Small steps have a big impact when prioritising self-care

Last updated on 30 October 2023

Self-care doesn’t require a full weekend away in a luxurious retreat. It can – if you want to – or it can be five minutes of rest each day. [Source: Shutterstock]

As Mental Health Month (October) continues, hello leaders is highlighting critical topics to help aged care employers better support their staff. We spoke to LiveBig Chief Executive Officer, Juliet Middleton, ahead of a webinar titled Put your own oxygen mask on first: Prioritising self-care to learn more about the simple processes she says all caregivers can benefit from.

The importance of self-care

In life, it’s easy to become overwhelmed by work, personal relationships, finances and all of the unexpected issues that pop up over time. That can often be exacerbated in the care industry where daily routines include supporting and caring for individuals who may require high levels of care in challenging situations. It’s easy for employees to lose sight of their own needs when prioritising others.

“Self-care is really important because if the carers aren’t looking after themselves they can’t care for the people they’re looking after. Nobody can go on forever,” Ms Middleton explained. 

“I use the analogy of a car. If you don’t fill up the tank it’s going to eventually stop. We have to make sure we’re putting fuel in the tank so we are able to give back to others. The tank doesn’t always have to be full but just remember it needs to be topped up occasionally.”

As Ms Middleton explained, self-care itself doesn’t always require too much time. But it is important, especially when stress levels are heightened due to influential work and personal life factors. Self-care also comes in different forms; the critical thing is that it is a person’s answer to the daily stressors they face.

LiveBig Chief Executive Officer, Juliet Middleton. [Source: LiveBig]

“You don’t have to say ‘I’m going to take the whole day off, I’m going to go away’ because these things are not realistic for most people. It’s about finding something small that works [when you need it] and is practical to build into your routine,” Ms Middleton added. 

“It doesn’t require you to join a gym or go somewhere. It’s putting in those five or ten minutes and making sure you’ve written them down and committed to them. Then you can say in these five or ten minutes ‘This is what I’m doing’. You’re building a habit and committing to it.”

Self-care should be flexible

  • Self-care should never become a monotonous routine, but it’s always helpful to build it into your routine to create good habits.
  • People with busy schedules should set aside some time each day for self-care. It can be in the morning, day or evening, and even ten minutes can help.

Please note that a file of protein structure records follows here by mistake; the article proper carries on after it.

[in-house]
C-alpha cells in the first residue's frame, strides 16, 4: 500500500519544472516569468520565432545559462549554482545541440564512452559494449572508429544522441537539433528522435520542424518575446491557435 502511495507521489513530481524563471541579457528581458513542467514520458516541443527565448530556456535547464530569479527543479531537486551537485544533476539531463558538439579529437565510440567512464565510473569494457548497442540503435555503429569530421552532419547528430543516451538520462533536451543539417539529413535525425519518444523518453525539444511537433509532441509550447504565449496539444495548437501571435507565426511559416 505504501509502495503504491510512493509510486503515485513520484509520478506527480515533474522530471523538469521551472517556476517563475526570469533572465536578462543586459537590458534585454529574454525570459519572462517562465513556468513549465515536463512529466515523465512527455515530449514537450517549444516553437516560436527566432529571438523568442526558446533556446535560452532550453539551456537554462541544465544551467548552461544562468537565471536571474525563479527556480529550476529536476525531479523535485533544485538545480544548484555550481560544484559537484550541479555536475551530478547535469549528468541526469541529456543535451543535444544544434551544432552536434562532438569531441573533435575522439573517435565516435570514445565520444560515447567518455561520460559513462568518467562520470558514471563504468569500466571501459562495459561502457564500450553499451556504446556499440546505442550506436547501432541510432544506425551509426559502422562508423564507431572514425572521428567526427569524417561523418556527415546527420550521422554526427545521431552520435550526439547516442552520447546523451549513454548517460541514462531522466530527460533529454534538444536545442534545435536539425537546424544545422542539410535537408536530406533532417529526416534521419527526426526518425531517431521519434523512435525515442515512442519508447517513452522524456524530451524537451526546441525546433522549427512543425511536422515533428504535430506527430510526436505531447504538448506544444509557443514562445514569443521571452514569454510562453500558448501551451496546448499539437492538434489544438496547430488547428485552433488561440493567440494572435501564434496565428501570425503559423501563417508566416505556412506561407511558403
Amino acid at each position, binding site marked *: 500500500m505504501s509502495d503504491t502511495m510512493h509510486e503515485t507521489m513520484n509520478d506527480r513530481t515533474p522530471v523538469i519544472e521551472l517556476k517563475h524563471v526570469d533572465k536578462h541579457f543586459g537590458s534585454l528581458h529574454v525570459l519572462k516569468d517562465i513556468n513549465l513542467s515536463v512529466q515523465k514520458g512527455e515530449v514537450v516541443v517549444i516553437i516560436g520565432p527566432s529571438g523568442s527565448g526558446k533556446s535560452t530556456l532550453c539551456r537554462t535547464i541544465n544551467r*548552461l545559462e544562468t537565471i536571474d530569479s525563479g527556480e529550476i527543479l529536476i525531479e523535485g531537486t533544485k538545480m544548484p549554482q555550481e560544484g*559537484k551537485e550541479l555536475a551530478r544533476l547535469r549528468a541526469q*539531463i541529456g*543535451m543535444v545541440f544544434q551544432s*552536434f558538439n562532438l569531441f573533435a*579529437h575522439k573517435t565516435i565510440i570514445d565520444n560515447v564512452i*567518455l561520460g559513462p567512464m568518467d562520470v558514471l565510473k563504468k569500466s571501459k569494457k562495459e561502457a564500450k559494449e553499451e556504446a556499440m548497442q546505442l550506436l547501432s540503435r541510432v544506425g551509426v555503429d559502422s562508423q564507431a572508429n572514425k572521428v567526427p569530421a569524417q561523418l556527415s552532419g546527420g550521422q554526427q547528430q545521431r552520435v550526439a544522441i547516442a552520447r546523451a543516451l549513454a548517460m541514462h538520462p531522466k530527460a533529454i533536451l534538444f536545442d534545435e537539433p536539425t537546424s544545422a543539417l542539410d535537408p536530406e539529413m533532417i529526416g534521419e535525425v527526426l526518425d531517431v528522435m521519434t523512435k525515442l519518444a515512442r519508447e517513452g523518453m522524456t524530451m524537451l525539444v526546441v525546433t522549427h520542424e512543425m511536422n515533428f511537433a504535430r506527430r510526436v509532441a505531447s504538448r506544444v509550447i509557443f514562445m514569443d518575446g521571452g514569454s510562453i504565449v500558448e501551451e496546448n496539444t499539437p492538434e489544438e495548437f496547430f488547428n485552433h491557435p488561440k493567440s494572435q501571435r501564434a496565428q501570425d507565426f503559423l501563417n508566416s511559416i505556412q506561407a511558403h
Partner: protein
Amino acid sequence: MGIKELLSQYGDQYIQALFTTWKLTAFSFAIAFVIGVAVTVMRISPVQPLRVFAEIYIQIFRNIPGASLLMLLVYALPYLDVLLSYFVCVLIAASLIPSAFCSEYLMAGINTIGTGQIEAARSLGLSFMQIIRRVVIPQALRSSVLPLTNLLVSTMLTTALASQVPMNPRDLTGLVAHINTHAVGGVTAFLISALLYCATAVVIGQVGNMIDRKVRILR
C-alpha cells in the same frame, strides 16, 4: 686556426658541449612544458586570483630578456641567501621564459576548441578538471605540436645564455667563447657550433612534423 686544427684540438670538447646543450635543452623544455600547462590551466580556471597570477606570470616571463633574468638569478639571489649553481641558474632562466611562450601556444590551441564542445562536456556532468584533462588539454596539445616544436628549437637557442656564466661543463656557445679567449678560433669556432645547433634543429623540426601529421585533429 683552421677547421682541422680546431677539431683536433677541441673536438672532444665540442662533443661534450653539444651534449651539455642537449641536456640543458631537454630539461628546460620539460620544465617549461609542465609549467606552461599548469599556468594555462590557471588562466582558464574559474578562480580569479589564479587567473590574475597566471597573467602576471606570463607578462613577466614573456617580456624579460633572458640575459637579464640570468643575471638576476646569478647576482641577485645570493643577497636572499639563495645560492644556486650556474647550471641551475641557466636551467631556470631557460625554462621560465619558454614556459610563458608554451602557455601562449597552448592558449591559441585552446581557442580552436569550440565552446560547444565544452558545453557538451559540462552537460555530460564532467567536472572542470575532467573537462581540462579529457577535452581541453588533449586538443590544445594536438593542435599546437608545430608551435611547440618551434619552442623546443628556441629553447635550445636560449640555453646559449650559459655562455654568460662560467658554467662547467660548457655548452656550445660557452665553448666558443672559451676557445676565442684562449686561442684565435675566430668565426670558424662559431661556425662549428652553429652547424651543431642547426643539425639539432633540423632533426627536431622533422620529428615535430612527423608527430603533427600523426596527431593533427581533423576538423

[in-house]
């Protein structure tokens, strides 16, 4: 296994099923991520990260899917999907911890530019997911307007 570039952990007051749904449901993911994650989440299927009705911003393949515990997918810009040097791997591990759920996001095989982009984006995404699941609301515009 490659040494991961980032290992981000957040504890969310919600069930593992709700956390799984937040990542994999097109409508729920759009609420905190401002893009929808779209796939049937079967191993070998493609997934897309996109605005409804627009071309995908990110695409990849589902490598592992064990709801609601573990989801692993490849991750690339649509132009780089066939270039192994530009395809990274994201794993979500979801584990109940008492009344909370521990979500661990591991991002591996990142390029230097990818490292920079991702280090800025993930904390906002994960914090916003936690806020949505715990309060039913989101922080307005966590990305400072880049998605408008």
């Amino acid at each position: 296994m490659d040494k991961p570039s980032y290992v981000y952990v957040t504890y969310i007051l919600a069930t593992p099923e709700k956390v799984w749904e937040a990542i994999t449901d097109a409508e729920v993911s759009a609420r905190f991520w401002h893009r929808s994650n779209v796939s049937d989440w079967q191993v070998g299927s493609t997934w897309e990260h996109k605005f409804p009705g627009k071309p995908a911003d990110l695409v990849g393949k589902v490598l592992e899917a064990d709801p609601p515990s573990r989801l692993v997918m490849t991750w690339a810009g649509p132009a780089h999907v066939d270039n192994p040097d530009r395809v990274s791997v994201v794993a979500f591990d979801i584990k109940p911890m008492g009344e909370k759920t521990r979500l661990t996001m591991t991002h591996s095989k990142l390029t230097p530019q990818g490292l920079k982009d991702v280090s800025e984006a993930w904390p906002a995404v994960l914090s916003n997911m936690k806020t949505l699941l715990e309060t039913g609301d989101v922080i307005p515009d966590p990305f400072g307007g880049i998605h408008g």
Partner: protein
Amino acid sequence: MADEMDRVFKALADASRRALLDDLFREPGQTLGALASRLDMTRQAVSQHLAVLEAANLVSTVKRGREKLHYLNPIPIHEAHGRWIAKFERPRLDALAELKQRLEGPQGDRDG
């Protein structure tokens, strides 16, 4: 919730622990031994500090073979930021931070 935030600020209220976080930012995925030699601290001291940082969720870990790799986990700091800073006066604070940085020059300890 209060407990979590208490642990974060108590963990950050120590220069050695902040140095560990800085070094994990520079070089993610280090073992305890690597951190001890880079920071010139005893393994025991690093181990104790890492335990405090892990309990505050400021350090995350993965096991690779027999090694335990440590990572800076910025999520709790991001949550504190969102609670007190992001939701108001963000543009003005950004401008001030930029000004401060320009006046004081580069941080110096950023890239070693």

• If you know a stressful situation or meeting is on the cards, coordinate your self-care time to follow it so you can de-stress and take a moment for yourself.
  • There will be busy weeks where it’s hard to fit in self-care moments. That’s okay. You can always plan ahead for the week after so you can form a plan and be prepared.

A flexible mindset towards self-care is beneficial as life is unpredictable and it’s always possible for something to happen that will alter the course of your day. This is especially true for staff who are often travelling between jobs, such as home and community care workers, but it still rings true for the wider aged care workforce.

“Not only do we have the unpredictability of a caregiving role, but many of us are also carers at home or even in the workplace to an extent with the people we’re leading. And when you’re out you don’t know what traffic you’re going to encounter, you don’t know what the weather is going to do, that’s a huge concern for people who are out in the community,” Ms Middleton said.

“Be prepared that there are a number of things you can’t control. You can say to yourself ‘It’s okay because this morning I got up and I had my five minutes, I read my book or I had my cup of tea’ and that sets you up for the day and helps you deal with those stressors.”

The role of employers

Employers and leaders play a critical role in facilitating and supporting self-care. Providing opportunities for staff to look after their health and well-being is paramount to their work enjoyment. 

Ms Middleton told hello leaders that one way LiveBig achieves this is by providing a quarterly leave day called ‘You Day’. It’s a chance for staff to recharge and spend it however they want to. The crucial part is they know they have the time they can set aside for self-care and well-being without feeling guilty.

Additionally, affording yourself time for self-care can have a genuine influence on employees. Leading by example and showing it’s okay to look after yourself is equally as important as setting high standards when working.

“You have to say ‘I’m going to make the time for self-care because that will make me a better leader. I will be more settled in my thinking because I’m doing things that help keep me safe in my mind from a mental health and well-being perspective’,” Ms Middleton added.

aged care
aged care workforce
mental health
work life balance
employee assistance program
mental health month
self care
mental health awareness
personal life
juliet middleton